Evaluation of a Novel Pediatric Appendicitis Pathway Using High- and Low-Risk Scoring Systems

From the *Department of Emergency Medicine, Oregon Health and Science University
Pediatric emergency care (Impact Factor: 1.05). 09/2013; 29(10). DOI: 10.1097/PEC.0b013e3182a5c9b6
Source: PubMed


This study aimed to determine the test characteristics of a pathway for pediatric appendicitis and its effects on emergency department (ED) length of stay, imaging, and admissions.
Children age 3 to 18 years with suspicion for appendicitis at 1 tertiary care ED were prospectively enrolled, using validated low- and high-risk scoring systems incorporating history, physical examination, and white blood cell count. Low-risk patients were discharged or observed in the ED. High-risk patients were admitted. Those meeting neither low-risk nor high-risk criteria were evaluated by surgery, with imaging at their discretion. Chart review or telephone follow-up was conducted 2 weeks after the visit. A retrospective study before and after was also performed. Charts of a random sample of patients evaluated for appendicitis in the 8 months before and after the pathway implementation were reviewed.
Appendicitis was diagnosed in 65 of 178 patients. Of those with appendicitis, 63 were not low-risk (sensitivity, 96.9%; specificity, 40.7%). The high-risk criteria had a sensitivity of 75.3% and specificity of 75.2%. We reviewed 292 visits before and 290 after the pathway implementation. Emergency department length of stay was similar (253 minutes before vs 257 minutes after, P = 0.77). Computed tomography was used in 12.7% of visits before and 6.9% of visits after (P = 0.02). Use of ultrasound was not significantly different (47.3% vs 53.7%). Admission rates were not significantly different (45.5% vs 42.7%).
The low-risk criteria had good sensitivity in ruling out appendicitis. The high-risk criteria could be used to guide referral or admission. Neither outperformed the a priori judgment of experienced providers.

1 Follower
19 Reads
  • [Show abstract] [Hide abstract]
    ABSTRACT: Peritonitis is a progressive disease leading inexorably from local peritoneal irritation to overwhelming sepsis and death unless this trajectory is interrupted by timely and effective therapy. In children peritonitis is usually secondary to intraperitoneal disease the nature of which varies around the world. In rich countries appendicitis is the principal cause whilst in poor countries diseases such as typhoid must be considered in the differential diagnosis. Where resources are limited the clinical diagnosis of peritonitis mandates laparotomy for diagnosis and source control. In regions with unlimited resources radiological investigation, ultrasound, CT scan or MRI, may be used to select patients for non-operative management. For patients with appendicitis laparoscopic surgery has achieved results comparable to open operation however in many centres open operation remains the standard. In complicated peritonitis “damage control surgery” may be appropriate wherein source control is undertaken as an emergency with definitive repair or reconstruction awaiting improvement in the patient’s general condition. Awareness of abdominal compartment syndrome is essential. Primary peritonitis in rich countries is seen in high-risk groups such as steroid-dependent nephrotic syndrome patients whilst in poor countries the at-risk population is less well defined and the diagnosis is often made at surgery. (196 words)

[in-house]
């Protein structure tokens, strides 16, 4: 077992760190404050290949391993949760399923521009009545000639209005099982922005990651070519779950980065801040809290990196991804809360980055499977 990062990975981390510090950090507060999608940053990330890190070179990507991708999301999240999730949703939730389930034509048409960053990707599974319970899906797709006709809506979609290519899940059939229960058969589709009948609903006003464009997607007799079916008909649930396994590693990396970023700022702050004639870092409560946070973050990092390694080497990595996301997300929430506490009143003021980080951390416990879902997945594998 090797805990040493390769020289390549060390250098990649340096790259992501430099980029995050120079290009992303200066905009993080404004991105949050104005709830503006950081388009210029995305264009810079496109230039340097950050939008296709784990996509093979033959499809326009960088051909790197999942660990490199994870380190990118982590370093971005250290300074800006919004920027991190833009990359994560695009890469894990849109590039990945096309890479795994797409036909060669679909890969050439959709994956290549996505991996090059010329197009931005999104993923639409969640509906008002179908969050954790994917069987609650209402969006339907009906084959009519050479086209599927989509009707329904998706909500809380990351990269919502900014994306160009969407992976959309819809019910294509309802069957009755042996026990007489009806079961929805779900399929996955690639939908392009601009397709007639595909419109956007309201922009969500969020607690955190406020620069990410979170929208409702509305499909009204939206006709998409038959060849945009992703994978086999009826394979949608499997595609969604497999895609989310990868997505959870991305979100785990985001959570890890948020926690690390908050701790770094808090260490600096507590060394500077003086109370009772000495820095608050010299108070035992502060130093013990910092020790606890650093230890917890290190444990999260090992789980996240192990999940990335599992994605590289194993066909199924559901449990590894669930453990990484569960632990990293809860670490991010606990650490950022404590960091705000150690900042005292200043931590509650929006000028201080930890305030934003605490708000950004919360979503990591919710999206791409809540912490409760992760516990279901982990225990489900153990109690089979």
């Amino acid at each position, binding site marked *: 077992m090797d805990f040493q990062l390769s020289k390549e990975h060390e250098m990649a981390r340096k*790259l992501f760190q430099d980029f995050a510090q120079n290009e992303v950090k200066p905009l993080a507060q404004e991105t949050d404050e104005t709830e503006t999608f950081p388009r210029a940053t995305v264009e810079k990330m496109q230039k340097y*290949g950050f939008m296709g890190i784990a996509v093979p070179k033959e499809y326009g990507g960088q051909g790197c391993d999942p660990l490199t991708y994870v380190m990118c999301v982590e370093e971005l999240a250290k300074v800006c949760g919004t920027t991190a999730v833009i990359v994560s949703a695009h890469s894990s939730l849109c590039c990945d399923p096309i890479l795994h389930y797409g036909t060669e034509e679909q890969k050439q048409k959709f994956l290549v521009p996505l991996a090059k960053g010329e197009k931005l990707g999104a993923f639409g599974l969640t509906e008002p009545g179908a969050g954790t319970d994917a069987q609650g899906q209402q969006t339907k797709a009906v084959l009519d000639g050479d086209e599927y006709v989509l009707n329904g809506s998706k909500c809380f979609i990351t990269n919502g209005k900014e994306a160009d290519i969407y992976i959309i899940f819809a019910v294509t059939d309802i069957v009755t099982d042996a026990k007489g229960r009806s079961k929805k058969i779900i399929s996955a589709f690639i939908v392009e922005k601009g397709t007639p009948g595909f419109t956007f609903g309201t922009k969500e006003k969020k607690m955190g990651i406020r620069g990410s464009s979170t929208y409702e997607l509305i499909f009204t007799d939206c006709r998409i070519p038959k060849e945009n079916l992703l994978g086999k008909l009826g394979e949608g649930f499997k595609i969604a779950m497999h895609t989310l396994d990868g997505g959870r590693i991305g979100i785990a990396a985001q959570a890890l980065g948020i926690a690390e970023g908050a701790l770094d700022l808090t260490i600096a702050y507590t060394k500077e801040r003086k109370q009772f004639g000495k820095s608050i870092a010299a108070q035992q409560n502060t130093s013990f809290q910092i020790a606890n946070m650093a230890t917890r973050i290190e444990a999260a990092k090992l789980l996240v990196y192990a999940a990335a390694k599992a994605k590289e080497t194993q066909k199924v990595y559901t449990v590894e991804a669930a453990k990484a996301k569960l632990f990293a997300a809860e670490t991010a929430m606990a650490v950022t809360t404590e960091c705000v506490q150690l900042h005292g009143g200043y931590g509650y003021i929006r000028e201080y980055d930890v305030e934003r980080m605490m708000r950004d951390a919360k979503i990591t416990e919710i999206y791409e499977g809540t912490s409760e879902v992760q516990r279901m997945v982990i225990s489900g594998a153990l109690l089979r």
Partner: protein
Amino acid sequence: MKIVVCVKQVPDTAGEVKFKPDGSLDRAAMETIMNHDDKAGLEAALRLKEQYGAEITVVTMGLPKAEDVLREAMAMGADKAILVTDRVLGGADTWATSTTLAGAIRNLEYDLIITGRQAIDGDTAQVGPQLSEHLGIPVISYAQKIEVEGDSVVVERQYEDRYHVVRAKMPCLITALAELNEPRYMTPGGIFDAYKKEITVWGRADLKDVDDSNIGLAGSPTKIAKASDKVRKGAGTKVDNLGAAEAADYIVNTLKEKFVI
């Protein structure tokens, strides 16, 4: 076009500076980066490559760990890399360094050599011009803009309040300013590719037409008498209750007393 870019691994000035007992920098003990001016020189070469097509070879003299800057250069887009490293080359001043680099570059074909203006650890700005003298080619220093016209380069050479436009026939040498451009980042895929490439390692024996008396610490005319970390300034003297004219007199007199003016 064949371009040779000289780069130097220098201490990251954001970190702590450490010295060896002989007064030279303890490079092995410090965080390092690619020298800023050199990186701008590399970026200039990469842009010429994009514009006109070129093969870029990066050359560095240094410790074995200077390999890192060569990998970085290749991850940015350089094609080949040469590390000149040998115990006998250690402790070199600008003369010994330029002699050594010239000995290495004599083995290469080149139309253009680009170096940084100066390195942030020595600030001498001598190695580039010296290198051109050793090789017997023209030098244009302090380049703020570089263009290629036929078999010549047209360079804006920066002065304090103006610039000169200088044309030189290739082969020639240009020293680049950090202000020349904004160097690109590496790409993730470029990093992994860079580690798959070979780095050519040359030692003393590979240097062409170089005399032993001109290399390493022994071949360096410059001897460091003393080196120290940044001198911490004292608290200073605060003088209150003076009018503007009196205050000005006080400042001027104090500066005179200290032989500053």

No preview · Article · Jun 2014 · Seminars in Pediatric Surgery

  • No preview · Article · Oct 2014 · Annals of Emergency Medicine
  • [Show abstract] [Hide abstract]
    ABSTRACT: The objective was to characterize the variations in practice in the diagnosis and management of children admitted to hospitals from Canadian pediatric emergency departments (EDs) with suspected appendicitis, specifically the timing of surgical intervention, ED investigations, and management strategies. Twelve sites participated in this retrospective health record review. Children aged 3 to 17 years admitted to the hospital with suspected appendicitis were eligible. Site-specific demographics, investigations, and interventions performed were recorded and compared. Factors associated with after-hours surgery were determined using generalized estimating equations logistic regression. Of the 619 children meeting eligibility criteria, surgical intervention was performed in 547 (88%). After-hours surgery occurred in 76 of the 547 children, with significant variation across sites (13.9%, 95% confidence interval = 7.1% to 21.6%, p < 0.001). The overall perforation rate was 17.4% (95 of 547), and the negative appendectomy rate was 6.8% (37 of 547), varying across sites (p = 0.004 and p = 0.036, respectively). Use of inflammatory markers (p < 0.001), blood cultures (p < 0.001), ultrasound (p = 0.001), and computed tomography (p = 0.001) also varied by site. ED administration of narcotic analgesia and antibiotics varied across sites (p < 0.001 and p = 0.001, respectively), as did the type of surgical approach (p < 0.001). After-hours triage had a significant inverse association with after-hours surgery (p = 0.014). Across Canadian pediatric EDs, there exists significant variation in the diagnosis and management of children with suspected appendicitis. These results indicate that the best diagnostic and management strategies remain unclear and support the need for future prospective, multicenter studies to identify strategies associated with optimal patient outcomes. © 2015 by the Society for Academic Emergency Medicine.
    No preview · Article · Jun 2015 · Academic Emergency Medicine
Show more